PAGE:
Sarah: Agreed, “Voice” is the high point of the book. If someone asked me what Patricia Lockwood could do as a writer, that’s the story I would give them. Its structure is reminiscent of “Rape Joke” in the way that the seriousness sneaks up on you. The chapter begins so off-handed, but it turns out to be the story of a teenage suicide attempt. It’s unusual to get these perfect little gems plunked down inside of a larger work, which speaks to one of the strengths and weaknesses of this book. It’s a little scattered and disconnected. But this is such a moving piece, and the scattered and disconnected quality feels exactly right for the material.

 

“In Priestdaddy, Lockwood interweaves emblematic moments from her childhood and adolescence—from an ill-fated family hunting trip and an abortion clinic sit-in where her father was arrested to her involvement in a cultlike Catholic youth group—with scenes that chronicle the eight-month adventure she and her husband had in her parents’ household after a decade of living on their own… Priestdaddy is an entertaining, unforgettable portrait of a deeply odd religious upbringing, and how one balances a hard-won identity with the weight of family and tradition.” (Amazon / IndieBound / Powell’s)

Book description excerpted from publisher’s summary and edited for length.

 

Andrew: A particularly poetic line earlier in the book that I loved is: “The story of a family is always a story about complicity.” This is the chapter about the dinner with the bishop and the child molestation accusations. So many of the scenes here and phrasing paint such vivid images of the messiness of life, bouncing between comedy and tragedy, and never really resolving anything. Which I think is appropriate, especially given how much tragedy we get in the second half.

Sarah: Oh, I loved that line. In fact, let me continue quoting it: “[The story of a family is] about not being able to choose the secrets you’ve been let in on. The question, for someone who was raised in a closed circle and then leaves it, is what is the us, and what is the them, and how do you ever move from one to the other?” Wow, that is so powerful. It reminds me a lot of the last memoir we read, Educated. How do you negotiate us and them?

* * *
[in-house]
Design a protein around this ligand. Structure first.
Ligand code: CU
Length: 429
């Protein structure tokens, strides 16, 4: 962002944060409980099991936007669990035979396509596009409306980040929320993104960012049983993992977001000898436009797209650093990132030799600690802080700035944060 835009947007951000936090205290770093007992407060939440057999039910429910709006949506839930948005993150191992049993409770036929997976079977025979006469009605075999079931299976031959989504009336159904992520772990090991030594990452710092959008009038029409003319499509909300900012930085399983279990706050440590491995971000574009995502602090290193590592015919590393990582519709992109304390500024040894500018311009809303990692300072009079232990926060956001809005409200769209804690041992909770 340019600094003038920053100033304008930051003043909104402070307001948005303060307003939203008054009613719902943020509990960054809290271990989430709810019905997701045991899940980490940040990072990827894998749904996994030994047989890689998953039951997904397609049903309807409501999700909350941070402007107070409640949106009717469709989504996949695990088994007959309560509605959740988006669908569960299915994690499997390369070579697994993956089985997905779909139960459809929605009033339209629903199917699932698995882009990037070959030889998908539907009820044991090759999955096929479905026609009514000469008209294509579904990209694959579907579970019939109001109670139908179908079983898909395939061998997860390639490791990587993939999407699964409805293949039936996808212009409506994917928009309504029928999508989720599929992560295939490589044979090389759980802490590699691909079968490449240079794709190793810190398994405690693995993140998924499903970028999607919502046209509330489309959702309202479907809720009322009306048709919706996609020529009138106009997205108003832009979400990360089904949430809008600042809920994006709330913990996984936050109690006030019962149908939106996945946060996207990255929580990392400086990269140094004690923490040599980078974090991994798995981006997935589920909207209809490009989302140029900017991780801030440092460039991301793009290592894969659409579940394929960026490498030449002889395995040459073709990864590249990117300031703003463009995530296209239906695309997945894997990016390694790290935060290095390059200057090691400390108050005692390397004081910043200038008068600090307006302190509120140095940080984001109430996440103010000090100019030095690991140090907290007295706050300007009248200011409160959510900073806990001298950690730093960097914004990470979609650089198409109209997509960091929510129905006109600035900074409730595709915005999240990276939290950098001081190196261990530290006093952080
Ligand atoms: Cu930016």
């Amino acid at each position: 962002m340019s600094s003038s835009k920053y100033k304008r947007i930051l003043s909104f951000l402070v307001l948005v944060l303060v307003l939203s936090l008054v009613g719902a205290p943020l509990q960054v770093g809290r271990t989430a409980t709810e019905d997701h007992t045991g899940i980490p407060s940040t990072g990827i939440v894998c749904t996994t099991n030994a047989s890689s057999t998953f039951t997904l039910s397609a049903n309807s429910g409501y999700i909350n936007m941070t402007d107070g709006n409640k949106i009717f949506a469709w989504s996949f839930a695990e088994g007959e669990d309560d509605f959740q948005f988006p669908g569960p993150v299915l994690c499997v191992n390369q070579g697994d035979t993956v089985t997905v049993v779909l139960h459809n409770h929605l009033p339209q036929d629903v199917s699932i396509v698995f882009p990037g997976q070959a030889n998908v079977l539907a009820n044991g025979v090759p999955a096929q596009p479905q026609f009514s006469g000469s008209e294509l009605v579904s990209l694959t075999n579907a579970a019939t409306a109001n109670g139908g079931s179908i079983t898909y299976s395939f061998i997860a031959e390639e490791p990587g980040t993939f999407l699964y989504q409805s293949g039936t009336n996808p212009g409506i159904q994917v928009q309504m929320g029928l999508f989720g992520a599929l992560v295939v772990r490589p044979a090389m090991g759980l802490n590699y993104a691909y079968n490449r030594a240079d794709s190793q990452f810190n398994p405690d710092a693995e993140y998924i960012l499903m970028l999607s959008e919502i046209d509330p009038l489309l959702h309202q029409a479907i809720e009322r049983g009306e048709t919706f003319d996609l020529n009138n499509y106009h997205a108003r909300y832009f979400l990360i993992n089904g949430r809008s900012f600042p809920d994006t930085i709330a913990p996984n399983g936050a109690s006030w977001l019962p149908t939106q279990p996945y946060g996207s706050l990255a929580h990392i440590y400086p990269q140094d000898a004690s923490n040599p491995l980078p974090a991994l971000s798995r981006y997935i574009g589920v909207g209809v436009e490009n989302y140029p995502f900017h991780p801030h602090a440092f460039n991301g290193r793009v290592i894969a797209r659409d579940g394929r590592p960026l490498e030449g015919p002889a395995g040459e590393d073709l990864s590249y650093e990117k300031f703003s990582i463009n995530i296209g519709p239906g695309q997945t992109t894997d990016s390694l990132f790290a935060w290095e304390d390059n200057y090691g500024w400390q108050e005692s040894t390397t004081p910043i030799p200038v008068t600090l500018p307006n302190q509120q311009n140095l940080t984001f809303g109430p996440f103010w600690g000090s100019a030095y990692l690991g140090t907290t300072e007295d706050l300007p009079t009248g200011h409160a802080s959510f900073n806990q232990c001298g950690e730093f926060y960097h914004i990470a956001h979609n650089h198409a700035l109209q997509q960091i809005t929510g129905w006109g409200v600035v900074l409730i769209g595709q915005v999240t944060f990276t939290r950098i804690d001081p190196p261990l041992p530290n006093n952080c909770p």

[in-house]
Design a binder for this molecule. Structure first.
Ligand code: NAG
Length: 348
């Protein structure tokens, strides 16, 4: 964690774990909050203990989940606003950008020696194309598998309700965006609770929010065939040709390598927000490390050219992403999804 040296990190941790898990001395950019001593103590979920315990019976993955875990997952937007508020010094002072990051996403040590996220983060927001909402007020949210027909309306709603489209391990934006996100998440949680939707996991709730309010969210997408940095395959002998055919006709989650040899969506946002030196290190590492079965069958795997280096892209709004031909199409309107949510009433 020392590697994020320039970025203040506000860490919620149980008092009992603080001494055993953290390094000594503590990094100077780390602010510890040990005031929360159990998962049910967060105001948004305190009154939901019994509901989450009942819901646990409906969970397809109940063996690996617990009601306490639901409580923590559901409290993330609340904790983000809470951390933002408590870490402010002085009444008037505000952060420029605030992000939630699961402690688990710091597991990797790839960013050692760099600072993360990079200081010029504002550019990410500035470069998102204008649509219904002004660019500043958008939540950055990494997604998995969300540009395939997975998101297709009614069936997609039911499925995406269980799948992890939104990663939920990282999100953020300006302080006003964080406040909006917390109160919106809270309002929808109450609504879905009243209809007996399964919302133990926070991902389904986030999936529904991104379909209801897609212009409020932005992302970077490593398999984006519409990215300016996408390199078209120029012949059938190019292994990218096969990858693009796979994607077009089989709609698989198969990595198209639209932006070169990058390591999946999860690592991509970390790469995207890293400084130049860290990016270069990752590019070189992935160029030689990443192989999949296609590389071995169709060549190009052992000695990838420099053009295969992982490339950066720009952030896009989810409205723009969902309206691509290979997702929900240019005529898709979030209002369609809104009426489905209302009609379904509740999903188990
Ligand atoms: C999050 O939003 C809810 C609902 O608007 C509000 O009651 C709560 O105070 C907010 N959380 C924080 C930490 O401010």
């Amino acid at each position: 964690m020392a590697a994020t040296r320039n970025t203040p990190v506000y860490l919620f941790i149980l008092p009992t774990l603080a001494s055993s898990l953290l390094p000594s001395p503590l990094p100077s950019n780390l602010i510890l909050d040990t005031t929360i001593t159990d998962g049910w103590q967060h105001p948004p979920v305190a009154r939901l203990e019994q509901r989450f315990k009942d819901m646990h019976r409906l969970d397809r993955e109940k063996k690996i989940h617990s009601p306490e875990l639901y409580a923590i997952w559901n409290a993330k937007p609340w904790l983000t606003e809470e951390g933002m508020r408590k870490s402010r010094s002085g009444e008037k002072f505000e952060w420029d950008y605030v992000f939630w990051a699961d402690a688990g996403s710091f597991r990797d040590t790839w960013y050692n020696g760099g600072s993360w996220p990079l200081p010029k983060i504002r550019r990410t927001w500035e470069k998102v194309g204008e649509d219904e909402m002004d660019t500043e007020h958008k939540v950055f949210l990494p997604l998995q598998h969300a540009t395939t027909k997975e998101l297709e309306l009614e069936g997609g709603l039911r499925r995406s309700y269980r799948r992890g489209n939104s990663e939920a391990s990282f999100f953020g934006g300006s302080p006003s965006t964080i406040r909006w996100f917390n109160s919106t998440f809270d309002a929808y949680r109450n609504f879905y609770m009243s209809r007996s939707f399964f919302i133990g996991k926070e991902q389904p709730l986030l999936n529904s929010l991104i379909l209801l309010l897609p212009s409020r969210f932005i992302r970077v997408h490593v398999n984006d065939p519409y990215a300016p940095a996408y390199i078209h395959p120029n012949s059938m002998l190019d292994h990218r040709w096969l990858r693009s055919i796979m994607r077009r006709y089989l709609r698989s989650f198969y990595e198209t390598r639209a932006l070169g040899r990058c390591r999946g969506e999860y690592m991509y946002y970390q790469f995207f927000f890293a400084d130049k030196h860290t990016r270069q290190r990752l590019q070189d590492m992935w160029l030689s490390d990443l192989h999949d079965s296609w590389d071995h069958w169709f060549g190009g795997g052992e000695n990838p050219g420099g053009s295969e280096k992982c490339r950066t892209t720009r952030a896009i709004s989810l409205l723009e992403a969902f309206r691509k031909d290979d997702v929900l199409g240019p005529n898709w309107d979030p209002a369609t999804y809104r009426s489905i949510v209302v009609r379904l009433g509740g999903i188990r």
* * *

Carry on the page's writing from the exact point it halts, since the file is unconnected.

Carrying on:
Overall, I liked Lockwood’s treatment of the Catholic church scandals. I thought she was serious and honest without pretending to have an authority she doesn’t have. Her personal interaction with that scandal is minor, but how much is she complicit? How much is her father complicit? These are tough questions. I think it’s enough to raise them and wrestle with them.

Andrew: I really loved her writing about writing memoir, in particular in the “Interior Castle” chapter, where she tells the story about her road trip with her father when he swerves the car while she’s trying to use the portable toilet:

“Ahahaha!” my father laughed, a wild laugh, the laugh of a man who has taken on himself the task of driving a bucket of pee and a church window across the country, and though my face had flushed deeper than the oval in Jesus’ cup, I knew we must have been thinking the same thing: wouldn’t that make a story for the people back home.

I stumbled back to my seat and buckled myself in. Who does a story belong to, the one I rode beside? Neither my father nor I could really claim it. It belonged to some church far off in the distance, which neither of us had ever seen.

Who owns a story? In this chapter, she interrogates this idea that’s so central, to me, to the nature of memoir. She prefaces that story with this line about the believability of the character of her father that she’s been writing about:

Thinking if I could write him how he really is, I would be the greatest genius on earth. If I could see it as clear as it really was, and show it to you how it really happened.

Sarah: I really related to that last line about her father. I could feel her sinking a bit under the weight of the zany anecdotes and the insane, did-he-really-say-that lines, as well as the fact that her father is probably still a mystery to her, maybe even to himself. There is usually some point in writing a story where I feel like words are failing me, or I am failing words, and I want to throw out the laptop and the buttery language and just beam someone into my brain to see the footage stored there, but since this device has not been invented (yet), I go back to the laptop and I get to keep my modest career of attempting to render an immersive world in nouns and verbs.

As for the question of who owns a story: That’s an interesting one. The way I’ve sorted it out is that I don’t tell other people’s secrets, or their stories, but I write about how they intersect with my own. That leaves quite a bit of moral gray area, though, in terms of who gets to tell what about whom.

Lockwood mentions that as a young girl, she hated it when she became an anecdote in her father’s sermons. She felt flattened and misappropriated. I can’t tell if Priestdaddy is a kind of revenge, or the inevitable legacy: She is her father’s daughter, using skills she learned from him to tell a different kind of homily on a different kind of stage. Both their work is an act of faith, and hope, and love. In the end, they both want to be saved.

Andrew: Well put. And that concludes our main discussion of Priestdaddy. But on Friday Sarah, Rosecrans, and I will be back talk about all three of this month’s books. See you then!

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The Tournament of Books’ organizers Andrew Womack and Rosecrans Baldwin are TMN’s co-founders. Baldwin’s latest novel is The Last Kid Left (NPR’s Best Books of the Year). Nozlee Samadzadeh is the ToB’s producer. More by The Tournament of Books Staff